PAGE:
to keep his millions in the Caymans.
complete with all the limitation thereof.
our "free" markets are a shining example to the rest of the world- at least the part that the mortgage banks didn't steal from just prior to the housing collapse, our "free and democratic" elections are a shining example- offices are sold to the highest bidder and then election boundaries are jiggered by the party in power, our system of taxation is fair to all, but especially fair to people and corporations with the resources to hide money offshore, the same people who were claiming Saddam Hussein had WMDs are at it again, trying to get us into a war in Syria, our government sends people off to war to fight for the oil companies - oops, I mean freedom- and when they come back injured can't be bothered to take care of them, and like the idiots we are, we keep volunteering for military service, our healthcare "system" is a joke, and now our "free and open" internet turns out to be a means of massive government surveillance- but it's OK- it's for our own good.
And dopes in the US wonder why the rest of the world doesn't just follow our examples...
1) This is much too small to grow enough bugs to make anything but a light snack once every few weeks/months.
2) Bugs stink. Any kind of bug- try raising them in any quantity and you'll quickly be turned off by the smell.
than any other commodity, except maybe audio equipment. Anything that cuts through some of the bullshit is welcome.
Of course, those of you with sophisticated palates who enjoy fine wines will have no use for such a mechanistic means of judgment and will disregard it. However, this development should please you as it provides yet another reason to turn your noses up at the unwashed masses who would be so ignorant as to select a wine based on chemical composition.
What could go wrong?
Let's hope not!
Death to Videodrome! Long live the new flesh!
from Craig's list or your local goodwill/SVdP store and then go here: http://www.instructables.com/id/Hacking-Your-iRobot/ and many other sites on the web that deal with modifying Roombas. Most of the mechanical stuff is taken care of for you so you can concentrate on programming and adding/reading/using sensors and actuators.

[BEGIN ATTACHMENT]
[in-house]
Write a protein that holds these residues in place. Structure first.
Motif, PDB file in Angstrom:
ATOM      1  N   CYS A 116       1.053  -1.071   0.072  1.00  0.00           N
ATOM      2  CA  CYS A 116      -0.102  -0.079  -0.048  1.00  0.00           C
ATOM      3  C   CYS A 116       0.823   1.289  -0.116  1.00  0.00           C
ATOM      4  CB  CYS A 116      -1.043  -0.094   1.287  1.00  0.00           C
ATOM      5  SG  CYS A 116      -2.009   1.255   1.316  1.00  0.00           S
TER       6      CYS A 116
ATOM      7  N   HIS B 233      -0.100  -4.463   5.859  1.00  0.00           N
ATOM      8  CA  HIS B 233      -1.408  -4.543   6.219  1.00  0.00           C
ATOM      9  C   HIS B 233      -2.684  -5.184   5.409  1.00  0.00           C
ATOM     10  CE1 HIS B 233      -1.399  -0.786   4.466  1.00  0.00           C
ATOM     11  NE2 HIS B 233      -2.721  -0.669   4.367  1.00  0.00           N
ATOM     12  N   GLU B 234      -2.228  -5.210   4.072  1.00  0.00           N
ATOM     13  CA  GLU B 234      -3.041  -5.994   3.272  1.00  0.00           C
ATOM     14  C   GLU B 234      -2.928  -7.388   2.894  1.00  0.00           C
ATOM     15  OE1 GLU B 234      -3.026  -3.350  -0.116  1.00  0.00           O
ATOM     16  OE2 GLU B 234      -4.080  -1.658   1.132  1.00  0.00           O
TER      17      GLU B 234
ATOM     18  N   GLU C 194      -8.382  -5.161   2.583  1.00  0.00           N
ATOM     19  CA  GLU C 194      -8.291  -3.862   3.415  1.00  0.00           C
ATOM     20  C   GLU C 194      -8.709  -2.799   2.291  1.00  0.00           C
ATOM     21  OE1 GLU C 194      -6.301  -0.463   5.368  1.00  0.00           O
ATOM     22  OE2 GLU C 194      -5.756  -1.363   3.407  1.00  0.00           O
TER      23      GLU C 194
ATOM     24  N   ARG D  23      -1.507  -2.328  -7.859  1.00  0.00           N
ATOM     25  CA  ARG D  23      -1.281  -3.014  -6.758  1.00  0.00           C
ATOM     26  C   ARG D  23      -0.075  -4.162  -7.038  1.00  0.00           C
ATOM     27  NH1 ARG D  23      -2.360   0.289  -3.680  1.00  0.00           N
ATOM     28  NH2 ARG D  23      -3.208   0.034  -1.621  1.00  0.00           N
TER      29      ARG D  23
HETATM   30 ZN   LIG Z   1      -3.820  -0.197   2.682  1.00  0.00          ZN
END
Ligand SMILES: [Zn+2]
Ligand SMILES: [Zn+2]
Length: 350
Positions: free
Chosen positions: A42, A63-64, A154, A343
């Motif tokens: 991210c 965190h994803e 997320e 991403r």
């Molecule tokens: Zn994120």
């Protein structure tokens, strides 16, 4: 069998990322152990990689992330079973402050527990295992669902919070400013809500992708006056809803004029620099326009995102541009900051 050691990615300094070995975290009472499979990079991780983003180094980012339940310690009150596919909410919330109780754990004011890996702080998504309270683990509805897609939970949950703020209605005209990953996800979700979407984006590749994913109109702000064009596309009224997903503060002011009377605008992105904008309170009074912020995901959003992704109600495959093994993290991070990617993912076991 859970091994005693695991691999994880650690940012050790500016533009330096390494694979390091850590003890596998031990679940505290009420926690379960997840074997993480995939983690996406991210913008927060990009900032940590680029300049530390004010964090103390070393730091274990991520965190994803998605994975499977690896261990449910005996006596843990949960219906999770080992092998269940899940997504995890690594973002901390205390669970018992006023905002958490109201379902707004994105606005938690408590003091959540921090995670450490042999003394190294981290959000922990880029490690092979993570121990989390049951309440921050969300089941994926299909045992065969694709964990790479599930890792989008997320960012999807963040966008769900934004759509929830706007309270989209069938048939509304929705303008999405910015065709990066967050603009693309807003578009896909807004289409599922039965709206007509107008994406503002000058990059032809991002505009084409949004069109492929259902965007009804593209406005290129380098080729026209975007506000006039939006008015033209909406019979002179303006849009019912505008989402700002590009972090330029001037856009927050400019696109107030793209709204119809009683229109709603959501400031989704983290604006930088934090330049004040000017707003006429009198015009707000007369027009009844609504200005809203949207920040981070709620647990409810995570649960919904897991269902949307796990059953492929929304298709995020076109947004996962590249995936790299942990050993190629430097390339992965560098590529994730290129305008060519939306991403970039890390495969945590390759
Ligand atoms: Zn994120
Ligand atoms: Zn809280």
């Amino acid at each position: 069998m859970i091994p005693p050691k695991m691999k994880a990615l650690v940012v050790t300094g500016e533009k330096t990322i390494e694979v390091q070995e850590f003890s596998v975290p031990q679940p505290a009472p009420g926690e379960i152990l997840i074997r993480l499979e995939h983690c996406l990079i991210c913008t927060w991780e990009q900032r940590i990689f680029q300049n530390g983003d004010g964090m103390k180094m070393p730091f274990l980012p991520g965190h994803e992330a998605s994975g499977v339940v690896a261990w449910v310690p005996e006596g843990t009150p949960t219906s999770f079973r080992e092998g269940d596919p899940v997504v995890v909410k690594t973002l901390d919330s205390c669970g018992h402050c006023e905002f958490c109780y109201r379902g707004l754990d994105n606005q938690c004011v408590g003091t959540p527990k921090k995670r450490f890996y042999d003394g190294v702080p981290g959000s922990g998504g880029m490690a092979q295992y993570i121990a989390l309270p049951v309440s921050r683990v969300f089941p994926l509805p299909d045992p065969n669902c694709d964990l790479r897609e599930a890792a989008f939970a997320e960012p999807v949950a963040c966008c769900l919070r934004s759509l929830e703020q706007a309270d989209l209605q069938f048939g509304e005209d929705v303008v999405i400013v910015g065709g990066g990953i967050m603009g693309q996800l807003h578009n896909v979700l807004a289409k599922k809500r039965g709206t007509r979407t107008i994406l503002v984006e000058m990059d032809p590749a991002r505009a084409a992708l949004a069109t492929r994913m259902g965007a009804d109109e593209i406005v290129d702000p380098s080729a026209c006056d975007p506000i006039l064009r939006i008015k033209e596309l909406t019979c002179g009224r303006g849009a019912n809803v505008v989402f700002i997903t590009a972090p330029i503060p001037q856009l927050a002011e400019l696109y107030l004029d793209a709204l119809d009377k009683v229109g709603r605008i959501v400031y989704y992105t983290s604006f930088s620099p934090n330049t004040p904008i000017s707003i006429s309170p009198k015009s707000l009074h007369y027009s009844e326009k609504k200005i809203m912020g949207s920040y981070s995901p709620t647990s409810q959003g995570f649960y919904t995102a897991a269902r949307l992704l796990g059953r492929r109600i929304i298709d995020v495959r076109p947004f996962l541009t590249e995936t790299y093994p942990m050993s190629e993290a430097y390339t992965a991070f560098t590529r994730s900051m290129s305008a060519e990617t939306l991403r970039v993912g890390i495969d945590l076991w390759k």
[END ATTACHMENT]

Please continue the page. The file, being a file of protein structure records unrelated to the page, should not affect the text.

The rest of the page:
OK, I see you're a literalist. Let me put it this way: if you're trying to sell a product or service that costs $10, how much effort will it take to get $10 from a poor person who has to work for a couple hours to earn $10 (in the US anyway) vs getting $10 from someone who makes $10 in a couple minutes? It is harder to get a poor person to part with their money than a relatively rich person.
Slick Willie Sutton summed it up nicely when someone asked why he robbed banks: "that's where the money is".
(yes, I know, you take things literally and there is some disagreement about the origin of that quote...)
the less fortunate is that you can't make any money off of them. Guys like Bill Gates, with all the money in the world, can afford to focus on that portion of the human population because they don't have to make money off of them. The rest of us have to eat and feed our families and send our kids to school.
were obese? When my wife was in med school about half the class was obese, a few morbidly so.
powering our cell phones is that in order to get the super high capacitance the "plates" of the capacitor must be microscopically close together which limits the voltage at which they can operate to typically 2.5V. The next problem is that you can't use all the energy stored because you need a DC input converter circuit to regulate (and step up) the ever falling voltage as the capacitor discharges and those circuits require some minimal level of input, maybe a few hundred millivolts, below which they cease to function. While the total energy storage capacity of the capacitor is great, you can't use all of it, so if you compare the usable energy storage of a supercapacitor to a similar sized Li-Ion battery, the battery wins.
Batteries, on the other hand, provide adequate current via a chemical reaction that maintains a more or less constant, higher voltage output until the battery is almost completely discharged, at which point the voltage drops precipitously. This works well with the circuits in a cell phone.
If this student managed to make a supercapacitor that operates at 5V or higher in the same physical volume as current technolofy 2.5V parts, or solved some other problem related to the technology- maybe a voltage converter circuit that efficiently delivers a usable current from the capacitor at 20 mV input, then she made quite a breakthrough.
I think fuel cells are a more promising technology for cell phone battery replacement than supercapacitors. You can have your "instant" charge by squirting in some butane or whatever fuel it uses, but then I'm not sure if they can pack the same energy density as li-ion cells. The other potential game changer for phones, computers, and cars is lithium-air batteries which have much higher energy densities that li-ion cells.
violently against regulating firearms in any way are the most vocal about regulating 3D printers because they can print guns.